Published March 1969
This report deals with the processes for preparing the three isomers of cresols, as well as with products with cresols as main constituents, commercially known as cresylic acid. Until now, cresols were recovered mainly from petroleum refinery waste and coal tar, with only a minor part from synthesis sources. How- ever, with increasing demand and limited supply from these by-product sources, the synthesis process will increase in importance. This report deals primarily with the synthesis processes, although the processes for recovery of cresols and cresylic acids from petroleum refinery waste and coal tar also are evaluated as a basis of comparison.
Three commercial synthesis processes--alkylation, sulfonation, and cymene-- are evaluated. Each can be varied to produce different isomer distribution of products. These variances are discussed and compared. Other synthesis processes are reviewed and in some cases briefly evaluated. m-Cresol and p-cresol very often occur together and are difficult to separate. The various separation processes are described and discussed.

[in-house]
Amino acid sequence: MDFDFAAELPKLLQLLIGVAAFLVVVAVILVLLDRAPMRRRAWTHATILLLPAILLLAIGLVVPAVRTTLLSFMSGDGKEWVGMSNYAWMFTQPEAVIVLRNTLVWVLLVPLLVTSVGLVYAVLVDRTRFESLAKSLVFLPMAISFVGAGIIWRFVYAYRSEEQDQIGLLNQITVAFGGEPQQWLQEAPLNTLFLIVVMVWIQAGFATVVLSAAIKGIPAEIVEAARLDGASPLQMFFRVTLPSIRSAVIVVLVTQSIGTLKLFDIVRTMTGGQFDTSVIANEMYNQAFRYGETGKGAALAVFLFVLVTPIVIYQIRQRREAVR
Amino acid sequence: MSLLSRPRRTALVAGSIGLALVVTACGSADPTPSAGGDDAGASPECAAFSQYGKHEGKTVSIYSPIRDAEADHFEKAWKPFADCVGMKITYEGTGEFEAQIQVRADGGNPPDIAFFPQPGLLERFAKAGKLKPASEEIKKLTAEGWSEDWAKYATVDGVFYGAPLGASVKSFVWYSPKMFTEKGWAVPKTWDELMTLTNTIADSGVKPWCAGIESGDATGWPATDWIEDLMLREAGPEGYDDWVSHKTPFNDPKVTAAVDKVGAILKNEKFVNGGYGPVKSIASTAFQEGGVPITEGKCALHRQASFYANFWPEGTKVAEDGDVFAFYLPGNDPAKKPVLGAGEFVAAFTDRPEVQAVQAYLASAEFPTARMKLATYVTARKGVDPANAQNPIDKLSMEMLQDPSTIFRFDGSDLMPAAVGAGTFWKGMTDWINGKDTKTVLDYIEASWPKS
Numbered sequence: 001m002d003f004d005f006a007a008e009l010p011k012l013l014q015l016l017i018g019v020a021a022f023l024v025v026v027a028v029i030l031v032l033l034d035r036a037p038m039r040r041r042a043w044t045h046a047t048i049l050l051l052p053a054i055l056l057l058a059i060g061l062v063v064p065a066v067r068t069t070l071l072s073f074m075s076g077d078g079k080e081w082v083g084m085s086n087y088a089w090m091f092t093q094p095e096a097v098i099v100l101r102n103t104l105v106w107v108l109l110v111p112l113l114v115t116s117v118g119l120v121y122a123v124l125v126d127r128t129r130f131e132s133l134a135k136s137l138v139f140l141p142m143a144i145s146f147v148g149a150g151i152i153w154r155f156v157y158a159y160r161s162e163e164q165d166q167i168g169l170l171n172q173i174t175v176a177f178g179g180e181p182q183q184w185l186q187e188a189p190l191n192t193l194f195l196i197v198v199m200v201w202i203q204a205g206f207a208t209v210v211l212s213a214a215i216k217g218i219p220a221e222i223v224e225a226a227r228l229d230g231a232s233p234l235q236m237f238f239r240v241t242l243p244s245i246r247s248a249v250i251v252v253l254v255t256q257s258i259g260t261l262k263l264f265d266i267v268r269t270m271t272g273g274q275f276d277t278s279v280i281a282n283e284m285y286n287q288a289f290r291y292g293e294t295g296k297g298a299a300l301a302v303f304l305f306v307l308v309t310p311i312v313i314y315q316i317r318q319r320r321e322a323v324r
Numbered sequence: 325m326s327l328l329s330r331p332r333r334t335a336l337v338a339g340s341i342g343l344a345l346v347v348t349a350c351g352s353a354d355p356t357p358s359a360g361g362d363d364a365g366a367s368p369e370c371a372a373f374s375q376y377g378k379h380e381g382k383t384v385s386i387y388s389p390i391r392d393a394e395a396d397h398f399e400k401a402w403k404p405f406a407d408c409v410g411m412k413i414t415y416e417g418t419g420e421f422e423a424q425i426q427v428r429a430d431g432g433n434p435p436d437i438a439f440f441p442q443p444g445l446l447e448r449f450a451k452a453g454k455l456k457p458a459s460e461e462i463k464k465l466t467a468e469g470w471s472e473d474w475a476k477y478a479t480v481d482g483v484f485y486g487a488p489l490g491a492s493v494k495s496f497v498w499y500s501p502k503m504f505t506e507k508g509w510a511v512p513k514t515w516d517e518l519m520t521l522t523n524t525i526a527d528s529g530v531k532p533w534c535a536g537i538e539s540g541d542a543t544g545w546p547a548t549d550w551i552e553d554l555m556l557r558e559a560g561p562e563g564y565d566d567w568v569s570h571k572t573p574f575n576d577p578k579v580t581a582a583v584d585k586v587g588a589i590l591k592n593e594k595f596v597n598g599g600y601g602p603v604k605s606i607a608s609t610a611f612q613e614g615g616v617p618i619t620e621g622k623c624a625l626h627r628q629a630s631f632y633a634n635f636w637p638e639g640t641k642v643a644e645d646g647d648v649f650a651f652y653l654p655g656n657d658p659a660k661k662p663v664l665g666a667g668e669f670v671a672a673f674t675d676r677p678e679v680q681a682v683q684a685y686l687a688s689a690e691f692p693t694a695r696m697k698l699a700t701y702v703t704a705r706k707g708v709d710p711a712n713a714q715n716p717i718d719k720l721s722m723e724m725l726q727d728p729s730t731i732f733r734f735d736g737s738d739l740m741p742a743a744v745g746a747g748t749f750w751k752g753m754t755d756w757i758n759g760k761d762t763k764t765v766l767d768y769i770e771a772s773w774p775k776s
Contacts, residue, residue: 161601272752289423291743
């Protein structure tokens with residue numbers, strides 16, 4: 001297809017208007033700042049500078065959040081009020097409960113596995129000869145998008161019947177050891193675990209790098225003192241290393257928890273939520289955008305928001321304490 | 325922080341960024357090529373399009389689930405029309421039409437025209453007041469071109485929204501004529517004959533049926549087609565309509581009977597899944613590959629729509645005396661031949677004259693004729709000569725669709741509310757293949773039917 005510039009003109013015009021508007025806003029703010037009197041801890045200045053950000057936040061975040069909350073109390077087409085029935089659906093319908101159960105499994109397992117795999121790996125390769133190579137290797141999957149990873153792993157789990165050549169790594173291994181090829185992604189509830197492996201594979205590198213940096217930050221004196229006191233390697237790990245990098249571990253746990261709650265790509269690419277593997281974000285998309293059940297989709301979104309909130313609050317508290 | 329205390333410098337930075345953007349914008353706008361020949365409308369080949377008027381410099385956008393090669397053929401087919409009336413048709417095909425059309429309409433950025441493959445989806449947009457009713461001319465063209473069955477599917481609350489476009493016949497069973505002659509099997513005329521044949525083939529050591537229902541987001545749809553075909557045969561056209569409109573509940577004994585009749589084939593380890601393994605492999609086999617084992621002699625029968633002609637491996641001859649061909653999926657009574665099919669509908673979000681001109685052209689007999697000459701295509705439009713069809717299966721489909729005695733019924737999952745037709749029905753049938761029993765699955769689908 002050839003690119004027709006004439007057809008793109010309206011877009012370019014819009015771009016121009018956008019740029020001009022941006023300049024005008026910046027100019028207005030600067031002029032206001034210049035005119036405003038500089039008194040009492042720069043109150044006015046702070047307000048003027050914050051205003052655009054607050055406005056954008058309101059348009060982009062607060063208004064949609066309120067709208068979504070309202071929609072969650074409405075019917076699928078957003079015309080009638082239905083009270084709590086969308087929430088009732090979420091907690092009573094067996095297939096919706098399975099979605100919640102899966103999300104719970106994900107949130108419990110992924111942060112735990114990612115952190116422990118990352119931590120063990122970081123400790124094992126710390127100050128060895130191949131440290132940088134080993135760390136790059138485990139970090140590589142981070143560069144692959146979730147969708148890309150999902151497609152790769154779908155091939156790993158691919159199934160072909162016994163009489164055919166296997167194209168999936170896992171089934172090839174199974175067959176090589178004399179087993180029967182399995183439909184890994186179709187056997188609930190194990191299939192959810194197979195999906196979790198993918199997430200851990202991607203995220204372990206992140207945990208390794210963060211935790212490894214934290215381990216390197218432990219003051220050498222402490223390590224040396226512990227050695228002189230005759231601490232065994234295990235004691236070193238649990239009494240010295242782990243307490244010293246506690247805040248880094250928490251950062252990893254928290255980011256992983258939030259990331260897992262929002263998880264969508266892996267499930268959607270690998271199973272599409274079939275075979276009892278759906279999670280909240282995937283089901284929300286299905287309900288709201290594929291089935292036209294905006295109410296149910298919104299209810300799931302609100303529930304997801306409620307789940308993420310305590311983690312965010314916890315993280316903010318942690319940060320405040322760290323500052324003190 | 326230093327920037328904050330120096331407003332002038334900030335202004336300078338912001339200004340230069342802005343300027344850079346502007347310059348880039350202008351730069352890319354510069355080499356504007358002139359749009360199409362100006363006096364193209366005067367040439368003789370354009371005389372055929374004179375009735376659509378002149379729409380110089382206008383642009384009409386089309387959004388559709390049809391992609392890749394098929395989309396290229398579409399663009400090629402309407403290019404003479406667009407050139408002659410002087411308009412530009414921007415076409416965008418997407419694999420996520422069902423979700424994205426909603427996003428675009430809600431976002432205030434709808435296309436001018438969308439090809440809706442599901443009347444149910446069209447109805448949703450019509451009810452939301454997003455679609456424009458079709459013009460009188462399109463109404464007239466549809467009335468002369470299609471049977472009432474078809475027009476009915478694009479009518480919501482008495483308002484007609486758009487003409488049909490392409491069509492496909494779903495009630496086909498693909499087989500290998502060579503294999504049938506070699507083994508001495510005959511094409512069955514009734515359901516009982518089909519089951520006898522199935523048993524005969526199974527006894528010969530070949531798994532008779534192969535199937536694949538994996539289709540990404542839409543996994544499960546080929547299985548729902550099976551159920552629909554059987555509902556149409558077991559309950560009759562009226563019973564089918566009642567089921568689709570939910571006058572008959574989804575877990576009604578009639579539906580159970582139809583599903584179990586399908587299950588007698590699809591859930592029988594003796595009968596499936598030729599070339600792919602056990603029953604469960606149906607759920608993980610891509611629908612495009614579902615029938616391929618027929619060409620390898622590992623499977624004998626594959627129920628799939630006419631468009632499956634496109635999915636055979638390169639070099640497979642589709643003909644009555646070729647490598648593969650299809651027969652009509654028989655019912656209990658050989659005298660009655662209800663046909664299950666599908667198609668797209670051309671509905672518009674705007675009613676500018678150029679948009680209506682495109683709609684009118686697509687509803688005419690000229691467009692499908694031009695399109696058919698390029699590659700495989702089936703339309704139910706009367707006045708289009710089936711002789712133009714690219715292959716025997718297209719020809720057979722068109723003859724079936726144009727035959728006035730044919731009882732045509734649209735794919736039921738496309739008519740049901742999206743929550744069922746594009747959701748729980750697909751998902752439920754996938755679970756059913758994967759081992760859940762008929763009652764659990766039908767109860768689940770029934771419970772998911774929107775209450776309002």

One process involving butylation and separation and followed by dealkylation is evaluated. This process produces m-cresol and ditertiary butyl p-cresol. The bases for these designs and costs are given in Appendix A, the physical data in Appendix B, and product specifications in Appendix C. Appendix D covers the treatment of phenolic waste water.
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